his link with the Apostles themselves consisting thus of only one intermediary. He was the head of the Catechetical School of Alexandria in A.D. 189, and died about A.D. 220. Origen, born about A.D. 185, was his pupil, and he is, perhaps, the most learned of the Fathers, and a man of the rarest moral beauty. These are the witnesses from whom we receive the most important testimony as to the existence of definite Mysteries in the Early Church. The Stromata, or Miscellanies, of S. Clement are our source of information about the Mysteries in his time. He himself speaks of these writings as a "miscellany of Gnostic notes, according to the true philosophy,"

and also describes them as memoranda of the teachings he had himself received from Pantænus. The passage is instructive: "The Lord ... allowed us to communicate of those divine Mysteries, and of that holy light, to those who are able to receive them. He did not certainly disclose to the many what did not belong to the many; but to the few to whom He knew that they belonged, who were capable of receiving and being moulded according to them. But secret things are entrusted to speech, not to writing, as is the case with God. And if one saythat it is written, 'There is nothing secret which shall not be revealed, nor hidden which shall not be disclosed,' let him also hear from us, that to him who hears secretly, even what is secret shall be manifested. This is what was predicted by this oracle. And to him who is able secretly to observe what is delivered to him, that which is veiled shall be disclosed as truth; and what is hidden to the many shall appear manifest to the few.... 

The Mysteries are delivered mystically, that what is spoken may be in the mouth of the speaker; rather not in his voice, but in his understanding.... The writing of these memoranda of mine, I well know, is weak when compared with that spirit, full of grace, which I was privileged to hear. But it will be an image to recall the archetype to him who was struck with the Thyrsus." The Thyrsus, we may here interject, was the wand borne by Initiates, and candidates were touched with it during the ceremony of Initiation. It had a mystic significance, symbolising the spinal cord and the pineal gland in the Lesser Mysteries, and a Rod, known to Occultists, in the Greater. To say, therefore, "to him who was struck with the Thyrsus" was exactly the same as to say, "to him who was initiated in the Mysteries." Clement proceeds: "We profess not to explain secret things sufficiently—far from it—but only to recall them to memory, whether we have forgot aught, or whether for the purpose of not forgetting. Many things, I well know, have escaped us, through length of time, that have dropped away unwritten.... There are then some things of which we have no recollection; for the power that was in the blessed men was great."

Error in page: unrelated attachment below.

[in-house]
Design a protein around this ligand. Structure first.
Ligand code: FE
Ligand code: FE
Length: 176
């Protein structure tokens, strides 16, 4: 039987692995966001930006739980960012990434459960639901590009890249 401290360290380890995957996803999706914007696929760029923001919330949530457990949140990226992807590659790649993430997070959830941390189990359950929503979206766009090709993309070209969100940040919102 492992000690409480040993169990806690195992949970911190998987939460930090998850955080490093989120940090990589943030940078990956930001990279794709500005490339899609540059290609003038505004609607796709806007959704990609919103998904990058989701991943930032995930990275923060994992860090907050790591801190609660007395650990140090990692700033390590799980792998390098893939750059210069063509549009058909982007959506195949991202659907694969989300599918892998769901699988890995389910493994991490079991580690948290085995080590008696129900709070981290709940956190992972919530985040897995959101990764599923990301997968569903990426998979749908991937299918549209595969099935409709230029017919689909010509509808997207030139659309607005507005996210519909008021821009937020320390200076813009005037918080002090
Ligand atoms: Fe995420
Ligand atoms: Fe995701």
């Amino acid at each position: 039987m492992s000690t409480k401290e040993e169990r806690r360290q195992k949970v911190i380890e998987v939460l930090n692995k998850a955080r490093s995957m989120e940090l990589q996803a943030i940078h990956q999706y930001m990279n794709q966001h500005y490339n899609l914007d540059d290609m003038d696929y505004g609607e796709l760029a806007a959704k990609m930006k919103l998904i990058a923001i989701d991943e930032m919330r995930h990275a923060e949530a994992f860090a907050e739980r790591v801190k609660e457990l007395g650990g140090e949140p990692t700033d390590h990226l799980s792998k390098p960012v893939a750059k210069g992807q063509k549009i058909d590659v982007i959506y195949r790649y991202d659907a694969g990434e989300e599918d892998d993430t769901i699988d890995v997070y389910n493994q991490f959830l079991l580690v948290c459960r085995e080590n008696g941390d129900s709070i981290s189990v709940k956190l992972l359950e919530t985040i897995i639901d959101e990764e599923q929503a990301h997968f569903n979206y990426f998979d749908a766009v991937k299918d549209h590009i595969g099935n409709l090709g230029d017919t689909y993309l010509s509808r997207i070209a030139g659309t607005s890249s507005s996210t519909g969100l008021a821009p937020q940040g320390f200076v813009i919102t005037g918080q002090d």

A frequent experience of those taught by the Great Ones, for Their presence stimulates and renders active powers which are normally latent, and which the pupil, unassisted, cannot evoke. "There are also some things which remained unnoted long, which have now escaped; and others which are effaced, having faded away in the mind itself, since such a task is not easy to those not experienced; these I revive in my commentaries. Some things I purposely omit, in the exercise of a wise selection, afraid to write what I guarded against speaking; not grudging—for that were wrong—but fearing for my readers, lest they should stumble by taking them in a wrong sense; and, as the proverb says, we should be found 'reaching a sword to a child.' For it is impossible that what has been written should not escape [become known], although remaining unpublished by me. But being always revolved, using the one only voice, that of writing, they answer nothing to him that makes enquiries beyond what is written; for they require of necessity the aid of some one, either of him who wrote, or of some one else who has walked in his footsteps. Some things my treatise will hint; on some it will linger; some it will merely mention. It will try to speak imperceptibly, to exhibit secretly, and to demonstrate silently."